What Sponsors Should Measure in Cause Marketing Campaigns

If you’re the sponsor of a cause marketing campaign, you’re in the green room, you’re in a makeup chair and you’re sitting pretty.

Here’s what I mean. When I was writing the Children’s Miracle Network (CMN) Telethon a representative from one of CMN’s largest sponsors used to avail herself of the same makeup services provided for celebrity hosts and guests. Strictly speaking this was verboten. While she appeared on air during sponsor segments, CMN had a separate makeup area for sponsors.

She had some thin excuse why she couldn’t use the regular makeup services… skin allergies or something. At any rate, everyone from CMN in a position to raise the issue with her chose to just let it go. She had a volcanic temper and if she took up a little face time with an honest-to-pete Hollywood makeup artist, what did it really matter?

It’s not so different when it comes to evaluating the success of a cause marketing campaign. While the cause and agency in a cause marketing campaign should have their own criteria for measuring a campaign’s success, the criteria that matters most comes from the sponsor.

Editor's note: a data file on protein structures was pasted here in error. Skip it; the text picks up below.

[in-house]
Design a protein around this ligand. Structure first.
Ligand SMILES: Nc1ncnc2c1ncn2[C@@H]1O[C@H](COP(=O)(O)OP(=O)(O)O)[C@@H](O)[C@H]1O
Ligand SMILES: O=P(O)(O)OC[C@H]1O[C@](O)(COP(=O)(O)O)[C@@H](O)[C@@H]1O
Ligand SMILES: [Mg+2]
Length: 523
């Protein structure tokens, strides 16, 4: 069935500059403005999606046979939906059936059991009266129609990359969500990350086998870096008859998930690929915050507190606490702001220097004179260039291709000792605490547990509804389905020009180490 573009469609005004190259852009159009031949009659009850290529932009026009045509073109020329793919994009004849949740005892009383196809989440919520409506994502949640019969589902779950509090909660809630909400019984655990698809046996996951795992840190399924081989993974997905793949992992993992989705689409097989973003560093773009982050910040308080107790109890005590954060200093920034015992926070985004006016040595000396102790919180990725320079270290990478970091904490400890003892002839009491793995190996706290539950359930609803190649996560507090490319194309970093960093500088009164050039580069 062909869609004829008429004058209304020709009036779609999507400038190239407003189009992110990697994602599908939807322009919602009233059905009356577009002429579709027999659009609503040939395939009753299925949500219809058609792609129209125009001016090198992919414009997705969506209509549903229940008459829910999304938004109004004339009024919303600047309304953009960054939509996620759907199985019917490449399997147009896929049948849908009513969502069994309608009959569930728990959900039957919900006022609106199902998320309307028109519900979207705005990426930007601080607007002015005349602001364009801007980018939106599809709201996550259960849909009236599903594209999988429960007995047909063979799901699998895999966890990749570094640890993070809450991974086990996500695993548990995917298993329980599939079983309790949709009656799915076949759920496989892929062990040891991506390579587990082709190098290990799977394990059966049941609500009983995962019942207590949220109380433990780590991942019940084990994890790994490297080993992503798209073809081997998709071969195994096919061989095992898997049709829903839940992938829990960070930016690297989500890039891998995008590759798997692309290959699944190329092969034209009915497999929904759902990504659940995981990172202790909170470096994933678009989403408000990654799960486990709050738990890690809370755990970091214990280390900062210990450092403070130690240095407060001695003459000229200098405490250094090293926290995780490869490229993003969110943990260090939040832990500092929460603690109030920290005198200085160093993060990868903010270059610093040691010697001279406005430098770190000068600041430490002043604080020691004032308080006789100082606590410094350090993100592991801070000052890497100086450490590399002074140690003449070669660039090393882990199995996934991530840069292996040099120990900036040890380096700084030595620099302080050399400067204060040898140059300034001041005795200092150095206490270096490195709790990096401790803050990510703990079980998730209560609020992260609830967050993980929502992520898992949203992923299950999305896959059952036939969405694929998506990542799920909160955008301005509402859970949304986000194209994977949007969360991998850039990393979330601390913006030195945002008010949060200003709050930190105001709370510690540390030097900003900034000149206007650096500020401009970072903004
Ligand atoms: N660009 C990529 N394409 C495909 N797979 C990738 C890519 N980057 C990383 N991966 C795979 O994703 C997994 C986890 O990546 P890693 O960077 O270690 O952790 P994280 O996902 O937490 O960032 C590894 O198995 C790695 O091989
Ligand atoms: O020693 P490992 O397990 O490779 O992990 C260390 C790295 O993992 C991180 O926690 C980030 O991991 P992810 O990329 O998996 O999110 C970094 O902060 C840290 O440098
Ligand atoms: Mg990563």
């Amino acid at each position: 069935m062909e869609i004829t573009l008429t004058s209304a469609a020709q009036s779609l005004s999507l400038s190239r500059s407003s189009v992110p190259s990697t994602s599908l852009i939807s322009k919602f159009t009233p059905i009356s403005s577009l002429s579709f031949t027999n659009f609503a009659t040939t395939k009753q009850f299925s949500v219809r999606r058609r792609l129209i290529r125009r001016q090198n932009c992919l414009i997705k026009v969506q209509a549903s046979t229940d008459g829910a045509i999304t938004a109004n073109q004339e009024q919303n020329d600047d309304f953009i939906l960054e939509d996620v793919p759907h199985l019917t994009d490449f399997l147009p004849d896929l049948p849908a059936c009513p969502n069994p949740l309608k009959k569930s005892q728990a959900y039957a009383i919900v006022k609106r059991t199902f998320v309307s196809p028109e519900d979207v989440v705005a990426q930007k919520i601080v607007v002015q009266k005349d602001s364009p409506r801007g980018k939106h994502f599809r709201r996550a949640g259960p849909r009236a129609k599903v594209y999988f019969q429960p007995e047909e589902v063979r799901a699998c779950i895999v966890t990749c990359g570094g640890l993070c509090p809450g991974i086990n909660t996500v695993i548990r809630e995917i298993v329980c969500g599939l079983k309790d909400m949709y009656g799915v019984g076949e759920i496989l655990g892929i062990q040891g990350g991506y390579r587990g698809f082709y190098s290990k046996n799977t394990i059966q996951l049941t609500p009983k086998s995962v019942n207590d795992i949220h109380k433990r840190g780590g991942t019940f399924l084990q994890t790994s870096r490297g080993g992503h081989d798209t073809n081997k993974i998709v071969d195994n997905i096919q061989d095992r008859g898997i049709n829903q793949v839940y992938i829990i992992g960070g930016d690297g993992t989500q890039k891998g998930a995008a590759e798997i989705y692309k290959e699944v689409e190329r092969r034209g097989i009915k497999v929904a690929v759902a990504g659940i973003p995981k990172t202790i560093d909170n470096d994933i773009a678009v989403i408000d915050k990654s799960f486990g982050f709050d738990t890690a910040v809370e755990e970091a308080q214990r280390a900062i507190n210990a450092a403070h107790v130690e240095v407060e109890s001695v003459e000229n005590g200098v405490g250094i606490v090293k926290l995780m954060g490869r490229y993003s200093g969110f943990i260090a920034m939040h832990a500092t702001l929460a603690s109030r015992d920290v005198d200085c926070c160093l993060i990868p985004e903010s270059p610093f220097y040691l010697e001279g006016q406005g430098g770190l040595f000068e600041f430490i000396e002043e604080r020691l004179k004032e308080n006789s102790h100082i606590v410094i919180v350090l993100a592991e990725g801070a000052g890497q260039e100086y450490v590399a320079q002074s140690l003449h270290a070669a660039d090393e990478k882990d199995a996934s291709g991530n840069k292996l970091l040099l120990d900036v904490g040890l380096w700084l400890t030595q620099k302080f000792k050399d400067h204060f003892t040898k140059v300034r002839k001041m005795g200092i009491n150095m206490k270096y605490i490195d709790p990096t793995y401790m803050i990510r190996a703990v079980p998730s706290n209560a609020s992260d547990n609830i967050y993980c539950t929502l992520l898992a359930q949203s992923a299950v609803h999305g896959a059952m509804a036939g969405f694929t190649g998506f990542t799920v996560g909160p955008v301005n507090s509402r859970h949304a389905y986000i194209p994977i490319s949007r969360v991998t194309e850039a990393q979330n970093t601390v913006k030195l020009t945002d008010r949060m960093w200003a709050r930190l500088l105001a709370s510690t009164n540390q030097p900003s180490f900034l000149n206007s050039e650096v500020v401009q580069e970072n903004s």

It’s the golden rule in action; she who has the gold makes the rules.

So what should the sponsor measure and evaluate?
When it comes to gauging external audiences, most of these measurements suggest themselves and so I won’t go further.

Measuring expressions is a new metric that has come with the rise of social media. It gauges how much traffic your brand gets away from your direct control: Tweets, fans/friends on Facebook, bookmarks on the social bookmark sites like Digg, Delicious, love from bloggers, and the like. People don't have to say nice things or not so nice things about your campaign or brand. To the degree that they do, it's worth measuring.

I would argue that one area that sponsors, nonprofits and agencies frequently miss is the measurement of their internal audiences, including rank and file employees, vendors, partners, etc.

A well-imagined and executed cause marketing campaign can help give a company real personality. Cause marketing at some companies helps with employee loyalty and retention. Moreover, with their money or their time, internal audiences often ‘pay’ for a good chunk of cause marketing campaigns.

Wouldn’t it be good to know if your employees find the campaign to be unrewarded drudgery? Or, that your vendors would happily pay more for their participation in the celebrity golf tourney? Isn’t that information worth knowing as you mull over your participation in next year’s campaign?

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